…the author was the remarkable writer, William Marshall… during the course of reading them I scribbled down almost fifty WURDS he’d used… his command of language was powerful, and not in a manner of ‘showing off‘… his was a natural stream… lately I was so pleased to find another seam of great prose in the latest in the Victorian Detectives series by accomplished scribe, Ms Carol Hedges

…her books are set in the 1860s in London, and are liberally seasoned with vocabulary from these days… I freely admit having to revisit my old habit of noting the wonderful succession of vocabulary she uses… and LUVVED IT!… try some of these for size… ‘frowsty’, ‘stertorous’, ‘crepuscular’, ‘quotidian’, ‘furbelow’, ‘barouche’, ‘sigils’... see what I mean?… treat yersels and have a delve into her stuff… see yeez later… LUV YEEZ!

ALL MY BLOG POSTS ARE FREE TO SHARE OR RE-BLOG SHOULD YOU SO WISH—BE MY GUEST!

7 Comments

Filed under Blether, Scribbling & Stuff

…good professional cover artwork is not a cost… it’s an investment…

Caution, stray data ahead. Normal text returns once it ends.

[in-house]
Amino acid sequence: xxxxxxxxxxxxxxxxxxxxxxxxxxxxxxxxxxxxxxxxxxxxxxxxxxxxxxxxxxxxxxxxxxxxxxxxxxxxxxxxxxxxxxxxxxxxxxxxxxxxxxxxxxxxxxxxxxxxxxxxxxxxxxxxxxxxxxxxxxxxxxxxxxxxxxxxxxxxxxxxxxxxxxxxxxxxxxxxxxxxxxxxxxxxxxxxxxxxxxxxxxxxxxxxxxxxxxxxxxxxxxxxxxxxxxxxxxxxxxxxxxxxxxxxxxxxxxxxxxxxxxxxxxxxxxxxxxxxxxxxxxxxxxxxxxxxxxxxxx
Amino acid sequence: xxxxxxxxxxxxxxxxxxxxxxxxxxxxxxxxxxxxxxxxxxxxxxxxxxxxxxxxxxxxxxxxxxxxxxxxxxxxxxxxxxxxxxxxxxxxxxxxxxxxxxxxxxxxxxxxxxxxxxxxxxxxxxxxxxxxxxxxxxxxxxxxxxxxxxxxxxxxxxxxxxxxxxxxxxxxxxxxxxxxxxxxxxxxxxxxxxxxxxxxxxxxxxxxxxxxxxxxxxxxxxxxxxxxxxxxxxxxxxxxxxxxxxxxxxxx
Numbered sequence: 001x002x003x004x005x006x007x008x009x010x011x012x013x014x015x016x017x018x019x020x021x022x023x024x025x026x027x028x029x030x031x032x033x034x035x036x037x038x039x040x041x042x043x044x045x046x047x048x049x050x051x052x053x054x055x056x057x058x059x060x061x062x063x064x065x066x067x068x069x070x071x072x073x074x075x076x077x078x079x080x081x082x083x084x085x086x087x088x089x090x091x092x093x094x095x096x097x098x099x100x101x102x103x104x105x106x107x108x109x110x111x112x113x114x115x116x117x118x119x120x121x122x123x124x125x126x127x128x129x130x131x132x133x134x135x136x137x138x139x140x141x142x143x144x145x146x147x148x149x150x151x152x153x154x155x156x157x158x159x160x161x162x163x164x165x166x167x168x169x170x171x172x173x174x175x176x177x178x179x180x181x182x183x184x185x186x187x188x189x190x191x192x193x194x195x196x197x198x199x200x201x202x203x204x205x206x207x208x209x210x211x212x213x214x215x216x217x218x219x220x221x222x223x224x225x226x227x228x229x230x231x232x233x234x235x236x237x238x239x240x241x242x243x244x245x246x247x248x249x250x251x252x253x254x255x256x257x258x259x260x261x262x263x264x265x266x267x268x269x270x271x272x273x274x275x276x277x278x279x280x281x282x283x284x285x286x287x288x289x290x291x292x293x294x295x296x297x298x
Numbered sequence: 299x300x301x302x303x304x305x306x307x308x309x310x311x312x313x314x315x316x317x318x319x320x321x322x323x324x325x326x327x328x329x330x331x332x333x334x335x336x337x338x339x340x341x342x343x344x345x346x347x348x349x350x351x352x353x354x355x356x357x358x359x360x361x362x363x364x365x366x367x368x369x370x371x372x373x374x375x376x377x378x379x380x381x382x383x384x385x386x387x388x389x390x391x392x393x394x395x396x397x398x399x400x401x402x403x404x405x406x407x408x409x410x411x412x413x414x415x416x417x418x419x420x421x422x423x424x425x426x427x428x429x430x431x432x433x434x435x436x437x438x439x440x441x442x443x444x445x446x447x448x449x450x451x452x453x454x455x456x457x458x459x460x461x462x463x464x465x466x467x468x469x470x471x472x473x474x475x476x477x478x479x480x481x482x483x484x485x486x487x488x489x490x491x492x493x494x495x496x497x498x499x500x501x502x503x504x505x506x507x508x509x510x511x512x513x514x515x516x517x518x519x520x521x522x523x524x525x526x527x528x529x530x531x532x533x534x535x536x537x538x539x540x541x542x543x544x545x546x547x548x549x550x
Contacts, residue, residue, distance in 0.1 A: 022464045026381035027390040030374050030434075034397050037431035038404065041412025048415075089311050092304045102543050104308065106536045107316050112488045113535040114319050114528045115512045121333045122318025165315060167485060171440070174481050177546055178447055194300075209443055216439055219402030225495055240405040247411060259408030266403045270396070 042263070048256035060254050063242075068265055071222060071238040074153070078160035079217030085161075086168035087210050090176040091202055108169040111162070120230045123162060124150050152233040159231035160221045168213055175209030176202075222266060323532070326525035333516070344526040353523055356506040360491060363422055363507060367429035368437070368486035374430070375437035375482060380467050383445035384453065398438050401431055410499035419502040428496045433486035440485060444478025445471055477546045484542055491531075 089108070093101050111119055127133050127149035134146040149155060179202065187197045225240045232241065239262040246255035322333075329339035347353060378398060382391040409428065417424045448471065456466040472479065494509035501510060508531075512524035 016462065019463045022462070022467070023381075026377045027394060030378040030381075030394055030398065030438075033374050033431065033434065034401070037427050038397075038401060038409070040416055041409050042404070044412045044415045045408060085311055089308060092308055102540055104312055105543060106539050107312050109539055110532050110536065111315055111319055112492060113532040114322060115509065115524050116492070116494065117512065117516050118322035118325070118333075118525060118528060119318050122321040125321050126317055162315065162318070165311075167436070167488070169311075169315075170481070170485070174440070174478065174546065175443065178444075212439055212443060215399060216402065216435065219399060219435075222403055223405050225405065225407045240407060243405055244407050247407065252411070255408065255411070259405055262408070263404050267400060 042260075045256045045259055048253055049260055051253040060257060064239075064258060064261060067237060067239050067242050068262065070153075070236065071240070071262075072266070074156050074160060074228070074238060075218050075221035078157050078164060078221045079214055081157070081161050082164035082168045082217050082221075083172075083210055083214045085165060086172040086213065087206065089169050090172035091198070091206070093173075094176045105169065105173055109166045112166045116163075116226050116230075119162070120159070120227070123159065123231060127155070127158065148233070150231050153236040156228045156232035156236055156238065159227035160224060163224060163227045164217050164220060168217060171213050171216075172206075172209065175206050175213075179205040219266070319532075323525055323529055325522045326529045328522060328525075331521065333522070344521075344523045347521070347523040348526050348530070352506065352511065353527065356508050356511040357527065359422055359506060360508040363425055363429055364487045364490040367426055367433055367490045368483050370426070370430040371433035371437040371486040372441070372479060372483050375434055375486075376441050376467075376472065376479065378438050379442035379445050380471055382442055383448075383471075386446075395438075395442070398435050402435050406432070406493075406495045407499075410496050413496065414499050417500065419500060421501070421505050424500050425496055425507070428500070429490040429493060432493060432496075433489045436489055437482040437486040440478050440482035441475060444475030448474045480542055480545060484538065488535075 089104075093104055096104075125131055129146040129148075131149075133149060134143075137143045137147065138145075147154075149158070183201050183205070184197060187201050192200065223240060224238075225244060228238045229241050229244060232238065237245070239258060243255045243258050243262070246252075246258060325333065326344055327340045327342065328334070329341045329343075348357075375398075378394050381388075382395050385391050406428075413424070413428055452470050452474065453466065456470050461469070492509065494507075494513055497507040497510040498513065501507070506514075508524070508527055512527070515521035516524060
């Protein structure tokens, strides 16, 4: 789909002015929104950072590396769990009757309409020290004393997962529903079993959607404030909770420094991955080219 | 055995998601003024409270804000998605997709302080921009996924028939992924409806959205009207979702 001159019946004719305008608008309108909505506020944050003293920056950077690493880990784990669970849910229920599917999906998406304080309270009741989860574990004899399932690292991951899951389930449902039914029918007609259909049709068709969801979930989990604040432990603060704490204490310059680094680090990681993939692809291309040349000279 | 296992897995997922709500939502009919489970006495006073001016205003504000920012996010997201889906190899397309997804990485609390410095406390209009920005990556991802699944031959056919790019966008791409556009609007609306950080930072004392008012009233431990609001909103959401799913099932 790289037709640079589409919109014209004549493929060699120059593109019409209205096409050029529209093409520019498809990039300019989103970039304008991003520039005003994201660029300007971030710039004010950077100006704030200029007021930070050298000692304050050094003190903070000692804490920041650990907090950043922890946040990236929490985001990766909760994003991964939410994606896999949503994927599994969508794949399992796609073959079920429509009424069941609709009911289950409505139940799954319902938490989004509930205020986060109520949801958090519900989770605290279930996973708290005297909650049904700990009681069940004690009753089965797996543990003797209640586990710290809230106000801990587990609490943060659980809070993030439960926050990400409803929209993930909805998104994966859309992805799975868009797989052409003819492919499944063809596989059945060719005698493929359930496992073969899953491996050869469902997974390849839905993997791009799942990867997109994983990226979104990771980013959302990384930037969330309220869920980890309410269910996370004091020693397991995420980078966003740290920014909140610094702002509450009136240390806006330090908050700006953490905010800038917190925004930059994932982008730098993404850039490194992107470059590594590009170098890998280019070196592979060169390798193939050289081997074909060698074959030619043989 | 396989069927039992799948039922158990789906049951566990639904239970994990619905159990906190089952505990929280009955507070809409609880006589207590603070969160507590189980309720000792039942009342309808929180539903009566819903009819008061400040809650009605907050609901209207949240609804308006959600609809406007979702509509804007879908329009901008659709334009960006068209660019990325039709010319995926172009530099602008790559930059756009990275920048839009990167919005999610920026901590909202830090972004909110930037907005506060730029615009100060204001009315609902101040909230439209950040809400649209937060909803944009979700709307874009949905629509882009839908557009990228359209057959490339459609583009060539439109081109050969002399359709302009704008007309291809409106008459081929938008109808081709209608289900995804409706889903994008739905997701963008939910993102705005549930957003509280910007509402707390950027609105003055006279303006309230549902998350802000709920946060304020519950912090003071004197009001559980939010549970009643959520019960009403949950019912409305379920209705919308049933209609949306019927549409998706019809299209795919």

…early in my scribbling career I grasped  the difference between the ‘Author’s Voice’ and the ‘Author’s Brand’… the ‘Author’s Voice’ is that style of yer writing that lets readers know who is the author, even without seeing the name on the book’s title… fr’example, pick up any novel from Charles Dickens, Lee Child, Dan Brown, or Robert Louis Stevenson, without knowing who wrote them, and it won’t take long before yeez recognize the ‘Voice’ belonging to each respective writer… on the  other hand, the ‘Author’s Brand’, is the persona created by, or on behalf of, yerself (if yeez are fortunate enuff to be able to afford and source a great marketing firm)… in modern publishing circles, that’s more likely to be through the SOSYAL NETWURKSand a Blog, which allows readers and others to identify yer own character… yerself as a person (heaven forfend – we are humans after all!)… getting to know what makes yeez tick, yer foibles, likes and dislikes… putting a ‘normal’ face to the name… however, there’s at least one place where the ‘Author’s Voice’ and the ‘Author’s Brand’ can legitimately be expressed together… in the artwork for the books… I’m blessed with the services of Edward Lu, who lives and does his thing in Manila, in the Philippines… it didn’t take long for him to ‘get’ what I wanted as the front covers on all of my Jack Calder crime thrillers… and I regularly receive positive comments on them… the ‘Voice’ is the visual depiction of the content of each book… the ‘Brand’ is the repetition of things like the strap line author’s name  in a similar, recognisable font, place and colours… the pictorial idiom of violent crime to be plundered inside… usually with weapons of some ilk… and as they paraphrase in a famous advertisement elsewhere, the value of excellent artwork is priceless… lately, I also delved into publishing a wee collection of poetry, and dressed its cover  with a beautiful view of Tobermory Bay in Mull in Scotland, taken on a visit there last year… ….good professional cover artwork is not a cost… it’s an investment… see yeez later… LUV YEEZ!